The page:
23 June 2010

[i'm in your] crawl space

In the greater scheme of architectural vocabulary, I don't think there is a feature(?) more aptly named than a crawl space.  If you look up the term online or in a dictionary (ah! the horror!), you'll find a fancy-schmancy grouping of terms for what is essentially "a place in your house where you don't wanna go, but when you get there, all you can do is crawl around." Usually just a dirt floor (ours was upgraded to rough concrete), there is very little down there except plumbing/electric, spider webs, dust/dirt and the "residue" your friendly neighborhood critters may have left behind from their winter sleepover.

I can still remember our home inspector going into the crawl space during our inspection to look at the structure of the house and to conduct a termite test. I thought to myself, "Man...I'm glad I'm not a home inspector."  And I will certainly never forget him coming out covered in dust and telling me the good and the bad -- no termites, but you need to go under there and clean up the wood scraps so as not to attract such.  Based on the picture above, and the good word from our home inspector, it was necessary to take the plunge.  So what is a guy to do but ask his future brother-in-law to join him in the fun?  I mean, a friend could say "no," but a future brother-in-law is pretty much obligated to say "yes."

And in we went, but not before dawning the proper protective gear...

This may seem like overkill, but really, when you're talking about the health of your own lungs, there is little to think about.   Plus, these respirators are way more comfortable and effective than those white paper dust masks. As you can see, there was a lot of insulation we had to clean up and replace, so the dust was just nasty.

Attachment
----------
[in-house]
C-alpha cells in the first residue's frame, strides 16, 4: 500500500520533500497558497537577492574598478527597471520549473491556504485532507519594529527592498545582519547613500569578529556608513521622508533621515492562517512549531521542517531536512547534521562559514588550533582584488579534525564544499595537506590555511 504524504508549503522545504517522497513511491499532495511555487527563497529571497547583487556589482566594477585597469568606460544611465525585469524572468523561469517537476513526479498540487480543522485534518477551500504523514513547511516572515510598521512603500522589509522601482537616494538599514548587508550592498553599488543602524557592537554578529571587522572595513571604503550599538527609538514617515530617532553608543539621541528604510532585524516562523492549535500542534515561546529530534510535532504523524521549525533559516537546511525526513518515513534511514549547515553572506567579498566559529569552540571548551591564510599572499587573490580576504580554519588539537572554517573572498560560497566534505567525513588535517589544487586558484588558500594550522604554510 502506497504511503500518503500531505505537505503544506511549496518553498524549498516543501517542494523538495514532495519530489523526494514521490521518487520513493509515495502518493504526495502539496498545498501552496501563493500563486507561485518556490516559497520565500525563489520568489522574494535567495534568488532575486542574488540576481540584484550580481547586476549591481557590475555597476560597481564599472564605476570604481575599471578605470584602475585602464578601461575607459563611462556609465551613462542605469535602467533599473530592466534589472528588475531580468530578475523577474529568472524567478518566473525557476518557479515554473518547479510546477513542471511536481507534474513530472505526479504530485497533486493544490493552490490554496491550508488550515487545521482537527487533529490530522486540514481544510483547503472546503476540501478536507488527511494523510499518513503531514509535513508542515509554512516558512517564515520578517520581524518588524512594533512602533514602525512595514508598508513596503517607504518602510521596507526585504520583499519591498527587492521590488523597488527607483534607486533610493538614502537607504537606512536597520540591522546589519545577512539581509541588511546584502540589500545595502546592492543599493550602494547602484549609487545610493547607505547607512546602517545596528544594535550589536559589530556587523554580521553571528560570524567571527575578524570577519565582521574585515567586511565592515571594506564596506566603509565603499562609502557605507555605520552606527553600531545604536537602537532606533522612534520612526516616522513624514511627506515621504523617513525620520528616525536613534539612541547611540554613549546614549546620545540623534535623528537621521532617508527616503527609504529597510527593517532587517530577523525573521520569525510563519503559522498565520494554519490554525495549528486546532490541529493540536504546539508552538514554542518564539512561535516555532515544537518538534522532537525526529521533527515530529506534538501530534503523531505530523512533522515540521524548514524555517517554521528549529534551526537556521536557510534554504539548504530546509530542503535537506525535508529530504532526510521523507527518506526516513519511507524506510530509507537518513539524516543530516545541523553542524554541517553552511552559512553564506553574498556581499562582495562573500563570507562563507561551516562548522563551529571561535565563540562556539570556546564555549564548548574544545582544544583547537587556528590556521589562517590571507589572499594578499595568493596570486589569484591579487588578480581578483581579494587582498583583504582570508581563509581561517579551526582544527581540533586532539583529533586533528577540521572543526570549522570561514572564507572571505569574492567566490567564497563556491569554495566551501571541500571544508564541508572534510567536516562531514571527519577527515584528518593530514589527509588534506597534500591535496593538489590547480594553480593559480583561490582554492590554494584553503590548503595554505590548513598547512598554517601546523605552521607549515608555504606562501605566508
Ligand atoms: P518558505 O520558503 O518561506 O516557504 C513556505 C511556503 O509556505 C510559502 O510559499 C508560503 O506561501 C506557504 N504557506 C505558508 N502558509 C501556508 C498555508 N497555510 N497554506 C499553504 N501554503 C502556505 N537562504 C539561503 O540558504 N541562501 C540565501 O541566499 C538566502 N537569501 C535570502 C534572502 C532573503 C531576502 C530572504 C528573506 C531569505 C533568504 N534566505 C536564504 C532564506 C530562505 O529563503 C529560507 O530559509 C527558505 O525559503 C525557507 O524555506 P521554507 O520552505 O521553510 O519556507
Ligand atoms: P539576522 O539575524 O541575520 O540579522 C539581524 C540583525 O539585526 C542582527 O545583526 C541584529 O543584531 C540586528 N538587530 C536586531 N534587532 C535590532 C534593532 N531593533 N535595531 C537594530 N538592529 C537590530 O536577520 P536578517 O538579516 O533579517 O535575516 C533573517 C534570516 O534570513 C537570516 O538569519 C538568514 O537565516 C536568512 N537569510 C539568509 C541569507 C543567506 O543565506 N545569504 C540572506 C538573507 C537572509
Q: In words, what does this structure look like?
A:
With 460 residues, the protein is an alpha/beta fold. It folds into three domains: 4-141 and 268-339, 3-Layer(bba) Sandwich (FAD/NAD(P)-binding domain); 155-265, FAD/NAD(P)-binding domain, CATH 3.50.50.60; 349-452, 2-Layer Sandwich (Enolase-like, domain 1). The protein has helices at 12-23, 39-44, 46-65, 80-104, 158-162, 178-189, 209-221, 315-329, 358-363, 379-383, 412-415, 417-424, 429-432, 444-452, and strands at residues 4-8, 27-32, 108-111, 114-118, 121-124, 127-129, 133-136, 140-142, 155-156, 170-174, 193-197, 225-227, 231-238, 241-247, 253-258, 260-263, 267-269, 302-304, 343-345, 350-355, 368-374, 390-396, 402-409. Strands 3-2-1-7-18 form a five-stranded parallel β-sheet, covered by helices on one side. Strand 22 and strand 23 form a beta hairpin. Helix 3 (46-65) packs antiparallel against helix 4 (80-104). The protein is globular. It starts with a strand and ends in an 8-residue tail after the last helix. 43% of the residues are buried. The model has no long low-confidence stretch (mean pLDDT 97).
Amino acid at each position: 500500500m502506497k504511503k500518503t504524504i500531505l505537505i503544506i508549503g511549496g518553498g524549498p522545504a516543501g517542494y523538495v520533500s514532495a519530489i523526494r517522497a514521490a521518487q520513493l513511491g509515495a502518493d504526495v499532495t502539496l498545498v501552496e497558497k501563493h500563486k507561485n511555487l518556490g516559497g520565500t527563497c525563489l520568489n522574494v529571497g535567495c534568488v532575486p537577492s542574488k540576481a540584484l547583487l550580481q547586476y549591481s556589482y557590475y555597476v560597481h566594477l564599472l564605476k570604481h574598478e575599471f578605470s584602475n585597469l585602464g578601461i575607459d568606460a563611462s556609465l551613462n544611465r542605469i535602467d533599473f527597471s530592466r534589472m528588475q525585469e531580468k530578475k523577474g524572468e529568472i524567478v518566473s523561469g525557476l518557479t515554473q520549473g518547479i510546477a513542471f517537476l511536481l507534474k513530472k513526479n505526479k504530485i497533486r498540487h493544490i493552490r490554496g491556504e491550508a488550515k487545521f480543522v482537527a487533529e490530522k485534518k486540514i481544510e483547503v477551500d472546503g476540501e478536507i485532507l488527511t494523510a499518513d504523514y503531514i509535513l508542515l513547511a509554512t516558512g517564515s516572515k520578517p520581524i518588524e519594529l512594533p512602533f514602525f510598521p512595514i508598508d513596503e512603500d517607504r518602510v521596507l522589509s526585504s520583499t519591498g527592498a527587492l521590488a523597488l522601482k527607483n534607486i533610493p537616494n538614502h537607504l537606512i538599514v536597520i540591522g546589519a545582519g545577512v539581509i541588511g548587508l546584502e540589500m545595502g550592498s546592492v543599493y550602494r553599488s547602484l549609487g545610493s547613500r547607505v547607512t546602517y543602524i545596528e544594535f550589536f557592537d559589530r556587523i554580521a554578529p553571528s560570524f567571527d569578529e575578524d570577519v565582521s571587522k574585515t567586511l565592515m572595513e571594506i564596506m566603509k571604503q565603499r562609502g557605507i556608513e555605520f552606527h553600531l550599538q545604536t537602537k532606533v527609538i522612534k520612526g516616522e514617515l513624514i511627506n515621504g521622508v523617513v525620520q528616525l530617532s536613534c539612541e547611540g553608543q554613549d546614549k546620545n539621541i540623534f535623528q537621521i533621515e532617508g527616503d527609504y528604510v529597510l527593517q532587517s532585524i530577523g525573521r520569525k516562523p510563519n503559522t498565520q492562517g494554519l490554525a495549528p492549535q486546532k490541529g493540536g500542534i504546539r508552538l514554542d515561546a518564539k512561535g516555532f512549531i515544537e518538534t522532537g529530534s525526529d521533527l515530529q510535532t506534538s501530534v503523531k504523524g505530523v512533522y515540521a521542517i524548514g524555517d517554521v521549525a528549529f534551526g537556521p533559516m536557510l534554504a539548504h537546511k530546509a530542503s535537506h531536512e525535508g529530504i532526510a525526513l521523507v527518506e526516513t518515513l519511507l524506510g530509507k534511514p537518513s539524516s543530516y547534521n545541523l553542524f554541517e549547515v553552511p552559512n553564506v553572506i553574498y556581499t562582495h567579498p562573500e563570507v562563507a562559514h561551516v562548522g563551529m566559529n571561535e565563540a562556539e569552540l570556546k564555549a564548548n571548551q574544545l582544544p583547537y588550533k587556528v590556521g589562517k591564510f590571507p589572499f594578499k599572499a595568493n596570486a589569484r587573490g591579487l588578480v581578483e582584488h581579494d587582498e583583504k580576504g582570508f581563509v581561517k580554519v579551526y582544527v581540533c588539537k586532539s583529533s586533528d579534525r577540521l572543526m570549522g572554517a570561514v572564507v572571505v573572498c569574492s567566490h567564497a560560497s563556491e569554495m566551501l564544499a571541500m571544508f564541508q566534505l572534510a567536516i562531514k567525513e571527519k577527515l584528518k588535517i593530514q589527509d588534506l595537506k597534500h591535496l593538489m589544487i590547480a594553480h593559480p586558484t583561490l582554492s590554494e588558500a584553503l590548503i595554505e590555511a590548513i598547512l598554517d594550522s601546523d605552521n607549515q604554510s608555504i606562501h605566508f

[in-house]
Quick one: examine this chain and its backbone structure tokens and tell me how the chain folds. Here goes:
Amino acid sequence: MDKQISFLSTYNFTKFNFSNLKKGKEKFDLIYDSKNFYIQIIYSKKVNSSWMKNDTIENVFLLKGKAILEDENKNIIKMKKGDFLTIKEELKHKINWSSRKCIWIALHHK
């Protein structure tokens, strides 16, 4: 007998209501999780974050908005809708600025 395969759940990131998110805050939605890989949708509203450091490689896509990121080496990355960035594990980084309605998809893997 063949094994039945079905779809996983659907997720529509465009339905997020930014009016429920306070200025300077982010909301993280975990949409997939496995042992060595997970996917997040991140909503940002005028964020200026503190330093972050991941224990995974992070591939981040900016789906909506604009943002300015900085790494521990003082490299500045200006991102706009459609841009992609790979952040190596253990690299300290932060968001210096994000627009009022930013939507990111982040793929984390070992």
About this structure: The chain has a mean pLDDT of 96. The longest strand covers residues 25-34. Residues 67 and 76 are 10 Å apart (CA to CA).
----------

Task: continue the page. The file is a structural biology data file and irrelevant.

The pile of junk our efforts produced. Excluded from the junk category is this military foot locker circa 1949.

Its in great shape and will serve as a perfect tool box for the garage.  The locker belonged to an "Andrew N. Gerhart," which is painted on the locker along with some random numbers (serial number?).  I did a quick Google search on the name, but it didn't turn up anything. I'll have to ask the neighbors if he was the original owner of the house, or whether it was merely something left behind by a former owner.

Oh yeah...and the crawl space is now much cleaner and the insulation in tact and hopefully doing its silent (but important) job. Still not a place you wanna hang out or anything, but no longer a lure for termites and pests.  HUGE shout-out to Josh for all of his help -- you definitely earned my respect, bro!

As an aside, I never thought I'd write an entire post about our crawl space.  But the demands of my publisher (kidding, of course) have pushed me over the edge. 
Hopefully more kitchen and nursery-related posts in the future.


Eric said...

I had to insulate our crawl space this past winter. Luckily it was a little bigger than yours but the job still sucked. I think it took me about 3 days to do the job by myself.

Once the job was done it raised the temperature of the hardwood floors 5+ degrees. I know that doesn't sound like much but when you have a house with no insulation anywhere that little bit is actually a big help.

GT said...

Any chance you still have the footlocker?